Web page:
Latest figures show that almost 700 people died in Ireland from an overdose in 2015, with 40% of them not alone at the time.
It comes as the HSE said it wants to educate drug-users and their families about a treatment called Naloxone, that can reverse the effects of overdose.
It is marking International Overdose Awareness Day by hosting free training events around the country in Cork, Dublin and Limerick.
HSE National Planning Specialist Joe Doyle, says the more people know, the more lives are saved.
Mr Doyle said: "The training is specifically targeting drug-users, their peers and their family members. We know that in relation to opioid overdoses, 40% of people were actually with somebody at their time of overdose.
"They tend to be the people who are closest to the person and also we are targeting people who work on the frontline within addiction and homeless services."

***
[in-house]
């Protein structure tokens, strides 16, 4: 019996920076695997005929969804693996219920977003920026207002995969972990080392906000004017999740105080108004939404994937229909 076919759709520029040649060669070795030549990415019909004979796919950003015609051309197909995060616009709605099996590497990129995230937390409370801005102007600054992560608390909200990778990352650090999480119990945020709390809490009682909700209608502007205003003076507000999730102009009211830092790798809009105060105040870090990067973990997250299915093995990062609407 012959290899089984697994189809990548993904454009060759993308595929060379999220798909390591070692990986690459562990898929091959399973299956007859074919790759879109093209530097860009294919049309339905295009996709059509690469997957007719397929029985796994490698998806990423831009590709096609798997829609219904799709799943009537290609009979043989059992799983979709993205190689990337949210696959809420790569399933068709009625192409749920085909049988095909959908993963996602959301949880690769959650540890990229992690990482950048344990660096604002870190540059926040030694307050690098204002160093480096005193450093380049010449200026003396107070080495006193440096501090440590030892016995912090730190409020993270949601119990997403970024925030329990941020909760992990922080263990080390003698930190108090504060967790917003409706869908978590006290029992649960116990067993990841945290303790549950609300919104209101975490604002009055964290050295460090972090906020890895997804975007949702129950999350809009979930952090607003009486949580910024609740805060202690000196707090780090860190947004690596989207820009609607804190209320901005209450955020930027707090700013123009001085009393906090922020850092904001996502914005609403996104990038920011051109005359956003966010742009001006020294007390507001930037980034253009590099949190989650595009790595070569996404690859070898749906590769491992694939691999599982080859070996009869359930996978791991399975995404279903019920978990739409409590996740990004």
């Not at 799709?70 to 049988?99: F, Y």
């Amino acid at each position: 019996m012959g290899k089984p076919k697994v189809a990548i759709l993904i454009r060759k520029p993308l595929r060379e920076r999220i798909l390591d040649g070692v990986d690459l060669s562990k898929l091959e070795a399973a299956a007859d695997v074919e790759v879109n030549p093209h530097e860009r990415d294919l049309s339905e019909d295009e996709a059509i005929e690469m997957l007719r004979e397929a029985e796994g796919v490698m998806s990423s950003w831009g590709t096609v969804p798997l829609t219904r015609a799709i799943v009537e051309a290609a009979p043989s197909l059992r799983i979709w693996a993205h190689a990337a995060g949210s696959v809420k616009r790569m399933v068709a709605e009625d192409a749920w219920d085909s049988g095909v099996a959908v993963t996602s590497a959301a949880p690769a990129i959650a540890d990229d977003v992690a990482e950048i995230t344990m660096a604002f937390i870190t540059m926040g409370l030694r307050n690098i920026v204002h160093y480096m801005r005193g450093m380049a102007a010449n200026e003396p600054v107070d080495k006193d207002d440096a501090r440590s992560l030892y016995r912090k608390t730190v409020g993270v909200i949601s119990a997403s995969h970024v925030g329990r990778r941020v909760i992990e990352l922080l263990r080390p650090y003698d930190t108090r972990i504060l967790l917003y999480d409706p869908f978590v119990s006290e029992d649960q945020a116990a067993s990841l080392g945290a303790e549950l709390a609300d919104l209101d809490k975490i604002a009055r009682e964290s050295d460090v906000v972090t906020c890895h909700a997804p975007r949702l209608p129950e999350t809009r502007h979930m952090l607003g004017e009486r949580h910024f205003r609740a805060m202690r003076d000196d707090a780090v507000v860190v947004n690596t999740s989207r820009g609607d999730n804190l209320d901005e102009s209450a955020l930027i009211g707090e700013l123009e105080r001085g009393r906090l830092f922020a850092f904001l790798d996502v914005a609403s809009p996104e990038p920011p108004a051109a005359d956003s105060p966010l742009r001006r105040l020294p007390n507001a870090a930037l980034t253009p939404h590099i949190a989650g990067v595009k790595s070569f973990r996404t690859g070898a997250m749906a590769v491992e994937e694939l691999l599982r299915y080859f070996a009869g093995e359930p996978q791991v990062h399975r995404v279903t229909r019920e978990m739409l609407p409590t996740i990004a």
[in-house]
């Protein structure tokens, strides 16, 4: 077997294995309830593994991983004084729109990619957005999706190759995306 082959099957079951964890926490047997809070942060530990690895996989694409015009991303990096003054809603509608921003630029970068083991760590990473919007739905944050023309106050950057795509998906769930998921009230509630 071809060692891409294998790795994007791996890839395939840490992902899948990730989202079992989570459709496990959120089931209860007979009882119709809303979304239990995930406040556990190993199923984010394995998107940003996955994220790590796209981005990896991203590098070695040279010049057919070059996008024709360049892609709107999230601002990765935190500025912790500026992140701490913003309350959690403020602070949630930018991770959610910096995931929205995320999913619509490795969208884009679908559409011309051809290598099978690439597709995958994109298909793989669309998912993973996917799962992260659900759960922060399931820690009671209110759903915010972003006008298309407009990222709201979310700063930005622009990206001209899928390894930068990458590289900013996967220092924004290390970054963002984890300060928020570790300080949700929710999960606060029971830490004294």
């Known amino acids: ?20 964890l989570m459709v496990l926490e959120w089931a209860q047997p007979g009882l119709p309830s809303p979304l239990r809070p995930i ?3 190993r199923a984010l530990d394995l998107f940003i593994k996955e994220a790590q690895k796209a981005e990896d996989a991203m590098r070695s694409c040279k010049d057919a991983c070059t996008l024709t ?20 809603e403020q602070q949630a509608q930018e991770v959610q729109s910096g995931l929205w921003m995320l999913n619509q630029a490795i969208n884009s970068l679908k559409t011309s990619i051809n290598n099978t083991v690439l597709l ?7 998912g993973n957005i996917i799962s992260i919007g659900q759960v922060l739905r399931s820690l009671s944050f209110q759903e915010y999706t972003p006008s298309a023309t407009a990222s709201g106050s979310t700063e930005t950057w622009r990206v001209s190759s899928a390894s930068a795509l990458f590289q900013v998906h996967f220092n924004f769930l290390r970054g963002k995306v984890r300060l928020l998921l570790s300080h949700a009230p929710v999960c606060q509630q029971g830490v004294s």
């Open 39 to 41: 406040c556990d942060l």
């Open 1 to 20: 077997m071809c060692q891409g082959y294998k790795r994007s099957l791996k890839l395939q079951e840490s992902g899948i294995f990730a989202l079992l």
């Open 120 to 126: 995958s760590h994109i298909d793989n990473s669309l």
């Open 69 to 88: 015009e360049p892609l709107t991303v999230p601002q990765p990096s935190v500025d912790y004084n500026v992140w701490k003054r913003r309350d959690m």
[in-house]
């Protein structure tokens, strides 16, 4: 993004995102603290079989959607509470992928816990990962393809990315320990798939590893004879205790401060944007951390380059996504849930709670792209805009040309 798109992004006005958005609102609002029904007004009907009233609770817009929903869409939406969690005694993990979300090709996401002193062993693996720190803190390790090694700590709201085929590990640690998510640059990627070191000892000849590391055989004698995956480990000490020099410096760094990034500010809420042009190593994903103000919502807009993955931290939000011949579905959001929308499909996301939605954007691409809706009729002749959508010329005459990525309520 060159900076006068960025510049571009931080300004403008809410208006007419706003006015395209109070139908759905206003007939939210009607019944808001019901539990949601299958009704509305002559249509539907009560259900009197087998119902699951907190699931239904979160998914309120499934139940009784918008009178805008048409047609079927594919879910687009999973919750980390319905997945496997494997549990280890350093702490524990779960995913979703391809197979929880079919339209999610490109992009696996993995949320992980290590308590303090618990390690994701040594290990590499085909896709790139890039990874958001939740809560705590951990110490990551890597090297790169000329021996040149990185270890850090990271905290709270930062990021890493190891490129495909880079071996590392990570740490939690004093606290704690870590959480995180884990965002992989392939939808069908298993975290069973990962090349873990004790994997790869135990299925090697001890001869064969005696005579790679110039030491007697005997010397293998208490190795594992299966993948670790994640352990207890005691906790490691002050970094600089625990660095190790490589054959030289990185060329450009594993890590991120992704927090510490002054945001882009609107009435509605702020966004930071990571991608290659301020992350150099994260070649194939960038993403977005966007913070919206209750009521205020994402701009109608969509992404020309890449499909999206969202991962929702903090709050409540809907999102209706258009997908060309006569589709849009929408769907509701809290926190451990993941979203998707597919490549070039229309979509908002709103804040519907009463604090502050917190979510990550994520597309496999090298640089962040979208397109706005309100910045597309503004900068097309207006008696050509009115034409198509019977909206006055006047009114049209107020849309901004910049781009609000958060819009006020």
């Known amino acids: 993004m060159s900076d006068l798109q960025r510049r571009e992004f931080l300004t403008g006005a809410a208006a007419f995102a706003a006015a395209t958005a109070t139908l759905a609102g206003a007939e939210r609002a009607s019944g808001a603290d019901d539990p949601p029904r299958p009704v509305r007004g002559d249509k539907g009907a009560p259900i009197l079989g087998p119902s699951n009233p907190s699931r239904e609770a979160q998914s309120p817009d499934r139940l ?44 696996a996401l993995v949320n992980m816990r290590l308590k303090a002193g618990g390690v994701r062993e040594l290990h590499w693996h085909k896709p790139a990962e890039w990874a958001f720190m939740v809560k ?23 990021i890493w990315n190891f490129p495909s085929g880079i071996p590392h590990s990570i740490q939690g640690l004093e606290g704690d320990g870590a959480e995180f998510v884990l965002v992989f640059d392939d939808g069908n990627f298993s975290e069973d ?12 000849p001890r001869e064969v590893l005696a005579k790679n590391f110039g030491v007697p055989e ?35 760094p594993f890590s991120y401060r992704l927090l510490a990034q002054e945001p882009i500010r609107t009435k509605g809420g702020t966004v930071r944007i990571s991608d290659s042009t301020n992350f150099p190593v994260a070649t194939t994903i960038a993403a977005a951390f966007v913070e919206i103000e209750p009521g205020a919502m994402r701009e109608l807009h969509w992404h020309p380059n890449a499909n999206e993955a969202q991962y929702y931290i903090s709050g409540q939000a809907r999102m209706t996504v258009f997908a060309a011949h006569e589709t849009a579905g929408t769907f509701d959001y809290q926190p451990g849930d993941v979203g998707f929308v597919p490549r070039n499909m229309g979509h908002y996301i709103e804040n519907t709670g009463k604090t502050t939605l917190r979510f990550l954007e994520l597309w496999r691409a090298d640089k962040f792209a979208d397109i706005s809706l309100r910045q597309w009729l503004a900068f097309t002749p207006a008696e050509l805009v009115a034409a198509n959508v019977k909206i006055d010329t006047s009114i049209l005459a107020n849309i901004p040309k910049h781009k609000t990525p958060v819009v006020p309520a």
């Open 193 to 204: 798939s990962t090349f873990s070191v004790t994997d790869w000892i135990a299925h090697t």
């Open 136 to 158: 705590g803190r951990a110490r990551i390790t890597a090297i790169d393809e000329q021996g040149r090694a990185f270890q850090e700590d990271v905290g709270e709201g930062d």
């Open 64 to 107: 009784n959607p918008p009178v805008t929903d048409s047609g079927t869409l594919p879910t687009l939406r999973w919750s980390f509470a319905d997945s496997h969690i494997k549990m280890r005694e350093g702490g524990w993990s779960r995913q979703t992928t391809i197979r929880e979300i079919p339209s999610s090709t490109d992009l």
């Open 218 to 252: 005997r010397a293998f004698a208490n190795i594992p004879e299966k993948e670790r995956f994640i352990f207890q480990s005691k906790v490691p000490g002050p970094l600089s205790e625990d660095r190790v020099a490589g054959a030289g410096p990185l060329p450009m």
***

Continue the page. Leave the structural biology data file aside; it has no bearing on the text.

A coalition of homelessness and drugs organisations have come together to support the rollout of the nationwide Naloxone training.
Tony Geoghegan, CEO of Merchant's Quay Ireland says Ireland has the fourth highest rate of drug-related deaths in Europe, and Naloxone can really make a difference.
Mr Geoghegan said: "We're encouraging all active drug-users, people who are taking heroin or opiates, and also their friends and family members to learn how to use this Naloxone, because it actually reverses the effects of overdose and saves lives.
"There will be training provided both here in Dublin, but also in Cork and Limerick as part of this initiative around overdose awareness day."